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Keywords:

  • neurodegenerative disease;
  • oxidative stress;
  • radical scavenger;
  • reactive oxigen species;
  • therapeutics

Abstract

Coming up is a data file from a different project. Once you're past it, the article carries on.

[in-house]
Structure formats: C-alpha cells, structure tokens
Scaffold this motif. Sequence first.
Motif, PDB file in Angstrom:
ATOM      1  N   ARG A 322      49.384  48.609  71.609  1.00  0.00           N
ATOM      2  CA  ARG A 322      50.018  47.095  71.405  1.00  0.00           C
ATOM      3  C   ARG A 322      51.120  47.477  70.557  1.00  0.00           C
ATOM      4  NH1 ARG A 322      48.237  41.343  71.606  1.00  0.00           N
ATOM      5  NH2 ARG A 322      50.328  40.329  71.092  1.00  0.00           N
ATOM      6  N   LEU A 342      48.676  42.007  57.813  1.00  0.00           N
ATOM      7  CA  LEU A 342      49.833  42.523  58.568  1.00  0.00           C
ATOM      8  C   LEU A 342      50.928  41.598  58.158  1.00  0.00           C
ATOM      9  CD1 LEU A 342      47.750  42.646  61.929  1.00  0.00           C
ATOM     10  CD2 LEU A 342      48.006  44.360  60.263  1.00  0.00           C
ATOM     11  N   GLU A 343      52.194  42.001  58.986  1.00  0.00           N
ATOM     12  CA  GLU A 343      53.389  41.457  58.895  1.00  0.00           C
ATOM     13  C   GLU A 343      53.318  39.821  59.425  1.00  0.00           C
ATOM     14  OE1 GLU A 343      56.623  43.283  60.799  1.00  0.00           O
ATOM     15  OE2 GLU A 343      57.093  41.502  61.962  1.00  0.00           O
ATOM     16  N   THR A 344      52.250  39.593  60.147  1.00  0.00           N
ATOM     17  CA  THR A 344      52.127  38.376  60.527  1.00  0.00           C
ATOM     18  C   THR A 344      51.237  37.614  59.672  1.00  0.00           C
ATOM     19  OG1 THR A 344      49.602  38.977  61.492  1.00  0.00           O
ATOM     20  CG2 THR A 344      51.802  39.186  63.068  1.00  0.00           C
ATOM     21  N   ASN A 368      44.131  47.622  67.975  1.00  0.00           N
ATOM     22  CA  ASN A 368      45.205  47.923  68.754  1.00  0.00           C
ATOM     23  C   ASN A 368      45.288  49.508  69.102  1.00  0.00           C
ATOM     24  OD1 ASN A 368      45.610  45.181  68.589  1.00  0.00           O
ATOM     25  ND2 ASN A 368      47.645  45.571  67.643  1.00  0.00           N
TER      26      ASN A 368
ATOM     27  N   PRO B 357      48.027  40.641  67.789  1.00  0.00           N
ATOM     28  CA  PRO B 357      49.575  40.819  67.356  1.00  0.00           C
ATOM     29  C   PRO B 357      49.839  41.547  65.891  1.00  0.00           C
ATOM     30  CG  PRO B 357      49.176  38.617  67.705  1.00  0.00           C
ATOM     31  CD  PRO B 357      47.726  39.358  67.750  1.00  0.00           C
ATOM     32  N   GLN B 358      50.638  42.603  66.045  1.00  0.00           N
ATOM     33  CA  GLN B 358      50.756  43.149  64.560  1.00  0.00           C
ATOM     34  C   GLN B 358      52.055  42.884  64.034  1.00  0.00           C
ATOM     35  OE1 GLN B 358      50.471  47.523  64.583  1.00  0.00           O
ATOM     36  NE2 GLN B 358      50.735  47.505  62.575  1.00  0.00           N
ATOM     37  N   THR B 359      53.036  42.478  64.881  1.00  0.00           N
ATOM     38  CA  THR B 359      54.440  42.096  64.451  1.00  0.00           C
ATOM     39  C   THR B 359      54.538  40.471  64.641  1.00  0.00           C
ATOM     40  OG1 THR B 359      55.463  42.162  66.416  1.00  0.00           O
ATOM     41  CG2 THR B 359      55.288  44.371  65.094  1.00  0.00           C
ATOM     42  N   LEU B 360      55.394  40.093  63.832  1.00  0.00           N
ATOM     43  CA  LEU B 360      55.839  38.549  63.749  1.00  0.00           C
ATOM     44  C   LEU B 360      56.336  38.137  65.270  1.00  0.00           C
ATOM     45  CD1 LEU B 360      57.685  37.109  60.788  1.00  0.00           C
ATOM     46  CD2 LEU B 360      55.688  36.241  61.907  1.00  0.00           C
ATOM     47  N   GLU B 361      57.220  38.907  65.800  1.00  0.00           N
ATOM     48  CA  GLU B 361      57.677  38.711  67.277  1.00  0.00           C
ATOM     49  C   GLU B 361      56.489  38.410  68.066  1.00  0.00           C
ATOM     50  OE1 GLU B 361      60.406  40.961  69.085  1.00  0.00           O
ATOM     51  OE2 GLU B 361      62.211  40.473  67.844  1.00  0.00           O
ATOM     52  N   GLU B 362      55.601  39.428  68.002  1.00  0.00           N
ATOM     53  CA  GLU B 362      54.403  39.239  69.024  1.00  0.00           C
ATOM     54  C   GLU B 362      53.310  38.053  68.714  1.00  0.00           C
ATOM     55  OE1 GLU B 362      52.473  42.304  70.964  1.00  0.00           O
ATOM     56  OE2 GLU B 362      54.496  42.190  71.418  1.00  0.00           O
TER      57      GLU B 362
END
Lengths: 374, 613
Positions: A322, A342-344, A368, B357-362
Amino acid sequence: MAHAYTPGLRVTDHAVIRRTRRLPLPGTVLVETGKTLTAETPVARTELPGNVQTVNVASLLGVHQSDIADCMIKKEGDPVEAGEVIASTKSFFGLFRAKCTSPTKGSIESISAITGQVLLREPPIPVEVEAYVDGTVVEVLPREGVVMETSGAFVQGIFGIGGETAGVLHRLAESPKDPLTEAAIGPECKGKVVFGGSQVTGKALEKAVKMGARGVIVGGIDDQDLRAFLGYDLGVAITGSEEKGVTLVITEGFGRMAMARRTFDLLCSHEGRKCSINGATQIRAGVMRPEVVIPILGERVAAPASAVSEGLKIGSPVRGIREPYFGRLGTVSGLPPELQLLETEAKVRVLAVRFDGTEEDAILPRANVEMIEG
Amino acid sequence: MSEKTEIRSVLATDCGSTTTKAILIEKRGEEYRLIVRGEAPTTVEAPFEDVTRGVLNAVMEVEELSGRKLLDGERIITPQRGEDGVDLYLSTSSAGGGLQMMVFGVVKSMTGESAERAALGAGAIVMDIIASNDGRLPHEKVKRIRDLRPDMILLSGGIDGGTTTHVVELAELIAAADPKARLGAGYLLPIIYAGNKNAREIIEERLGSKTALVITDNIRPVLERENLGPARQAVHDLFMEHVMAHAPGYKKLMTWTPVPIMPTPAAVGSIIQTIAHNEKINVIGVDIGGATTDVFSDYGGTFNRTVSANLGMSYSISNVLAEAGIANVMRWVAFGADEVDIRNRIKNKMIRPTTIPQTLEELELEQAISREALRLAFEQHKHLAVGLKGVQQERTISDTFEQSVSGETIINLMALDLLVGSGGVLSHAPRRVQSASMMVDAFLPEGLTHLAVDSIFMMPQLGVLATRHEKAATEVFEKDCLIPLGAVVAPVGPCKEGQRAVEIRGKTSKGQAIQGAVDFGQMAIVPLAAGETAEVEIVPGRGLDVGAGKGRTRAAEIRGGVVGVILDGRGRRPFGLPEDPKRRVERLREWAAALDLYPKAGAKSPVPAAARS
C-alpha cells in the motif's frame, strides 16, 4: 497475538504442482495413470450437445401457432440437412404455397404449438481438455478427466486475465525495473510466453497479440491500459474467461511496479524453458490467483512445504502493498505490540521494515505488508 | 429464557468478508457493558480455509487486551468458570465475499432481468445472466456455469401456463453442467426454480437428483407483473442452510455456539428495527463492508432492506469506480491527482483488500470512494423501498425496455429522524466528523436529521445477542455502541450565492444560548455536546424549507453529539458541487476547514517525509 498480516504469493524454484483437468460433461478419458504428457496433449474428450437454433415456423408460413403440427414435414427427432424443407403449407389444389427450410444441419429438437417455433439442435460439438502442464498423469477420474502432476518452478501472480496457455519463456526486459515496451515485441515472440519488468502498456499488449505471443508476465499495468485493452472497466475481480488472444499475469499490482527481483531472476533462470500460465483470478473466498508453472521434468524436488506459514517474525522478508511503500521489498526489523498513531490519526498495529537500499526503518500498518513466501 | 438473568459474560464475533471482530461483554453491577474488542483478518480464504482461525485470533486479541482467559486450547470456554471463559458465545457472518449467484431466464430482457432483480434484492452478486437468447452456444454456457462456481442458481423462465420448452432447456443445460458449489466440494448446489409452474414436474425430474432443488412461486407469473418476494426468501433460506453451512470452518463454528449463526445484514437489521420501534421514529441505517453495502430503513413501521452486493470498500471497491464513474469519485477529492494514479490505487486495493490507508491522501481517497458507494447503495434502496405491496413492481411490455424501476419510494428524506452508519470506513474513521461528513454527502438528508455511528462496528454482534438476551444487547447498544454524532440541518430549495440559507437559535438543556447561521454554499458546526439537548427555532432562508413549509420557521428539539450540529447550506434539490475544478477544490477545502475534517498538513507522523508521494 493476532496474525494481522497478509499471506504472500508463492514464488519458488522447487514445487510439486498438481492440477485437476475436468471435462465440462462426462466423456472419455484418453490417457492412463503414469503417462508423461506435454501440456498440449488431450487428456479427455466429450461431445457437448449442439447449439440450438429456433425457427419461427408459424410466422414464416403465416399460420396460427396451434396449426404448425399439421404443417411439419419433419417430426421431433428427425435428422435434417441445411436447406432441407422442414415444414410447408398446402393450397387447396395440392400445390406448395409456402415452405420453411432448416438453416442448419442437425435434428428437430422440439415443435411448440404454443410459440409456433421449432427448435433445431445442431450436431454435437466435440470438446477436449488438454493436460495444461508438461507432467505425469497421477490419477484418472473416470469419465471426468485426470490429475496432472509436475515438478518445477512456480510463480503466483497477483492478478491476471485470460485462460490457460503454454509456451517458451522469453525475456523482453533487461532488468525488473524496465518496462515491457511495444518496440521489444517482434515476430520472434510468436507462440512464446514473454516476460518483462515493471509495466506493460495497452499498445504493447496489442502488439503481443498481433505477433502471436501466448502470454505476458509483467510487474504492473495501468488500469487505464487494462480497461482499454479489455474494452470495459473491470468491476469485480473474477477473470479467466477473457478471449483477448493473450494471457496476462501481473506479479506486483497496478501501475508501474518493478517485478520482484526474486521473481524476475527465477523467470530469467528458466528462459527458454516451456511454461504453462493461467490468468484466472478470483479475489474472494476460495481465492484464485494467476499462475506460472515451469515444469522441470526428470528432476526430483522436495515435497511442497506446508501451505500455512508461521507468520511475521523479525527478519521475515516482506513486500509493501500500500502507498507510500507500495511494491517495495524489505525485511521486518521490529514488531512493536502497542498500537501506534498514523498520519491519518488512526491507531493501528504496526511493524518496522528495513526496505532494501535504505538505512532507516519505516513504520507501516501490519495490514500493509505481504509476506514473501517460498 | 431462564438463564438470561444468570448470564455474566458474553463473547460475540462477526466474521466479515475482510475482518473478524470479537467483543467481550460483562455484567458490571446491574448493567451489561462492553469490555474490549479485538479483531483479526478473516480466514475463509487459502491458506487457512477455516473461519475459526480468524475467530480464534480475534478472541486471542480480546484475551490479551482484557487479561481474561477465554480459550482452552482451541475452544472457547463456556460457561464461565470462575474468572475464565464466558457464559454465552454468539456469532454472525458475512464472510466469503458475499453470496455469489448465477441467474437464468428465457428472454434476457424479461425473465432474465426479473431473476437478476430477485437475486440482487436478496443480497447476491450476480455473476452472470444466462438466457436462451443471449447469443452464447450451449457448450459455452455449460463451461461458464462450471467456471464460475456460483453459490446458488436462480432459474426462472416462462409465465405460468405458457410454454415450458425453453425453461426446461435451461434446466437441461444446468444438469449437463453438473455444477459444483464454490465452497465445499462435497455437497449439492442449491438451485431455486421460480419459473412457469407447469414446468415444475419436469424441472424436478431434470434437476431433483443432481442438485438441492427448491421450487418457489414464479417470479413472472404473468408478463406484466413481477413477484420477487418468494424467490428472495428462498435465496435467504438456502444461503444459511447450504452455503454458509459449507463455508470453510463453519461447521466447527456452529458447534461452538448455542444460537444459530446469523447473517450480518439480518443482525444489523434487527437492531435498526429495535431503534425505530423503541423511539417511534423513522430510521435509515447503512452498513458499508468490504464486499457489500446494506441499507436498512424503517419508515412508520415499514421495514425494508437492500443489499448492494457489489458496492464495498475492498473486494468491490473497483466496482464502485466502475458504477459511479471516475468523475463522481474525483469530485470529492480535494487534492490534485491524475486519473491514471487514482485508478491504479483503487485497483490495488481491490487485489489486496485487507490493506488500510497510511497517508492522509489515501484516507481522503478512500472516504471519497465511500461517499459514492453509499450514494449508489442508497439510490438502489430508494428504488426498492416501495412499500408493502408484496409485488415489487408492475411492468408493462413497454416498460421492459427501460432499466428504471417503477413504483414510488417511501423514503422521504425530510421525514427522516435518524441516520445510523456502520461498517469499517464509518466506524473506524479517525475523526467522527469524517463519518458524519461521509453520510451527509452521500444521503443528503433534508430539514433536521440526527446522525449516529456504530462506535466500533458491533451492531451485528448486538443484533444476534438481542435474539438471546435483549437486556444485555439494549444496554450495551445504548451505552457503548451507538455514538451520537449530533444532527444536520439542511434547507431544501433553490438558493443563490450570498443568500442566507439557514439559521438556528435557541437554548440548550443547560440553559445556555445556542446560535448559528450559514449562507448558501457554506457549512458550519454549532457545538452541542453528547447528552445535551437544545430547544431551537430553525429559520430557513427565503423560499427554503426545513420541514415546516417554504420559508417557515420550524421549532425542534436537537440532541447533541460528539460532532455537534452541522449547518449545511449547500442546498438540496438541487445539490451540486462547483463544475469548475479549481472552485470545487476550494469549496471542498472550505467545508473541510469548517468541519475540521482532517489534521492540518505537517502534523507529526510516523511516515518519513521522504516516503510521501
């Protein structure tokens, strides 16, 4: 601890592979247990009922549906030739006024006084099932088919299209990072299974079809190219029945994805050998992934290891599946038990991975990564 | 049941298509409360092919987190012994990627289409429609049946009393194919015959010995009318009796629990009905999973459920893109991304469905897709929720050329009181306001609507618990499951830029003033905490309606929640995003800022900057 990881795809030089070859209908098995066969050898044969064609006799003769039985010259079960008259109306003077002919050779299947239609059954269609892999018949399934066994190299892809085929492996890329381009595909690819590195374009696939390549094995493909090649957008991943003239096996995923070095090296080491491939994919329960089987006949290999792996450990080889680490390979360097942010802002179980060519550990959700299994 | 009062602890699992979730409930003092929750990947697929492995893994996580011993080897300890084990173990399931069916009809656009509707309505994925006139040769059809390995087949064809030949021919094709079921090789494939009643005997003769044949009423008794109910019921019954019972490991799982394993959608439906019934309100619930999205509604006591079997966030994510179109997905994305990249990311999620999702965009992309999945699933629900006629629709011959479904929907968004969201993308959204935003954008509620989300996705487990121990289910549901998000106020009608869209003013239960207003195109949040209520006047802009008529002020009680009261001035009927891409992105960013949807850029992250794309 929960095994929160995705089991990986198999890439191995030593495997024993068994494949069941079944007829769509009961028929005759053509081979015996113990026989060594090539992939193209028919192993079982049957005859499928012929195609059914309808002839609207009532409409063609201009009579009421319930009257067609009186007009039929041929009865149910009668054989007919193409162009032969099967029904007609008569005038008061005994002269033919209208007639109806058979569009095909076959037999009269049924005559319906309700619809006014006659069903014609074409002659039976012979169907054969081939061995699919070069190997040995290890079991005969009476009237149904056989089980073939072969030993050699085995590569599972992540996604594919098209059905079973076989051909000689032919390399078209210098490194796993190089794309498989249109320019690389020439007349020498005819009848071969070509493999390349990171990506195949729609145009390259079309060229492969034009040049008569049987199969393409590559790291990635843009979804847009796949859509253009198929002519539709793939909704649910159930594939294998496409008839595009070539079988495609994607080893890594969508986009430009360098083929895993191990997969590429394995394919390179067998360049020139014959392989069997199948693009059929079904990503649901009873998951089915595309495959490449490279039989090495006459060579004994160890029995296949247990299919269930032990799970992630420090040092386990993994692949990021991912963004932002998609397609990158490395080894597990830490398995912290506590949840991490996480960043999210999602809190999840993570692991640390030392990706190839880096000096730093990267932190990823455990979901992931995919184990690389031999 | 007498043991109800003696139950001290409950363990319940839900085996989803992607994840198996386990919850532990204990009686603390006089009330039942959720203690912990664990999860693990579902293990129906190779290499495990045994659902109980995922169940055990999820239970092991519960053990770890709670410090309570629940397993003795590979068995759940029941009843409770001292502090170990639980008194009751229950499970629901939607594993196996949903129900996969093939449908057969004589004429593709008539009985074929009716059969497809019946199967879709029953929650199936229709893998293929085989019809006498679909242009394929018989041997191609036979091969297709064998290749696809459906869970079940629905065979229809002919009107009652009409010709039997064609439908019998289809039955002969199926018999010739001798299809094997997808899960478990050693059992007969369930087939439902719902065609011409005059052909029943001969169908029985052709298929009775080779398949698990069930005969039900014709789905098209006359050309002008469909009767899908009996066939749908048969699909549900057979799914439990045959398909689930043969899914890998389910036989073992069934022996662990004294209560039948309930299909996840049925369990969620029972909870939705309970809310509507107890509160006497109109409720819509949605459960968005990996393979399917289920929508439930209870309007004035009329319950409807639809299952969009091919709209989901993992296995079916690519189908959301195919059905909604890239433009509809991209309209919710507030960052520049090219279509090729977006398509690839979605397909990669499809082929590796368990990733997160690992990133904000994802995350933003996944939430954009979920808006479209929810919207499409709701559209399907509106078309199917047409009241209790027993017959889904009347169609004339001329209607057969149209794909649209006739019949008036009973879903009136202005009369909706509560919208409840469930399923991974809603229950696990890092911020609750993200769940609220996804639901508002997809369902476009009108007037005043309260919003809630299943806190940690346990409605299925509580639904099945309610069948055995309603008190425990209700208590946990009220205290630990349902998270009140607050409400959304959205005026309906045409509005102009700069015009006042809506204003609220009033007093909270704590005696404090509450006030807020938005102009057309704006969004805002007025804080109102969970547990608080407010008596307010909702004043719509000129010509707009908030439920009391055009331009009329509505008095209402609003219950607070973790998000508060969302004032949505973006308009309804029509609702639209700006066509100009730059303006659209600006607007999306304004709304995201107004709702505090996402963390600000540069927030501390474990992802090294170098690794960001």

Reactive oxygen species (ROS) and oxidative stress have long been linked to cell death of neurons in many neurodegenerative conditions. However, the exact molecular mechanisms triggered by oxidative stress in neurodegeneration are at present unclear. In the current work we have used the human neuroblastoma SH-SY5Y cell line as a model for studying the molecular events occurring after inducing apoptosis with H2O2. We show that treatment of SH-SY5Y cells with H2O2 up-regulates survival pathways during early stages of apoptosis. Subsequently, the decline of anti-apoptotic protein levels leads to the activation of the calcium-dependent proteases calpains and the cysteine proteases caspases. Additionally, we demonstrate that CR-6 (3,4-dihydro-6-hydroxy-7-methoxy-2,2-dimethyl-1(2H)-benzopyran) acts as a scavenger of ROS and prevents apoptosis by enhancing and prolonging up-regulation of survival pathways. Furthermore, we show that pre-treatment of SH-SY5Y cells with a cocktail containing CR-6, the pan-caspase inhibitor zVAD-fmk (zVal-Ala-Asp-fluoro-methylketone) and the calpain inhibitor SJA6017 confers almost total protection against apoptosis. In summary, the present work characterizes the molecular mechanisms involved in oxidative stress-induced apoptosis in SH-SY5Y cells. Our findings highlight the relevance of CR-6, alone or in combination with other drugs, as potential therapeutic strategy for the treatment of neurodegenerative diseases.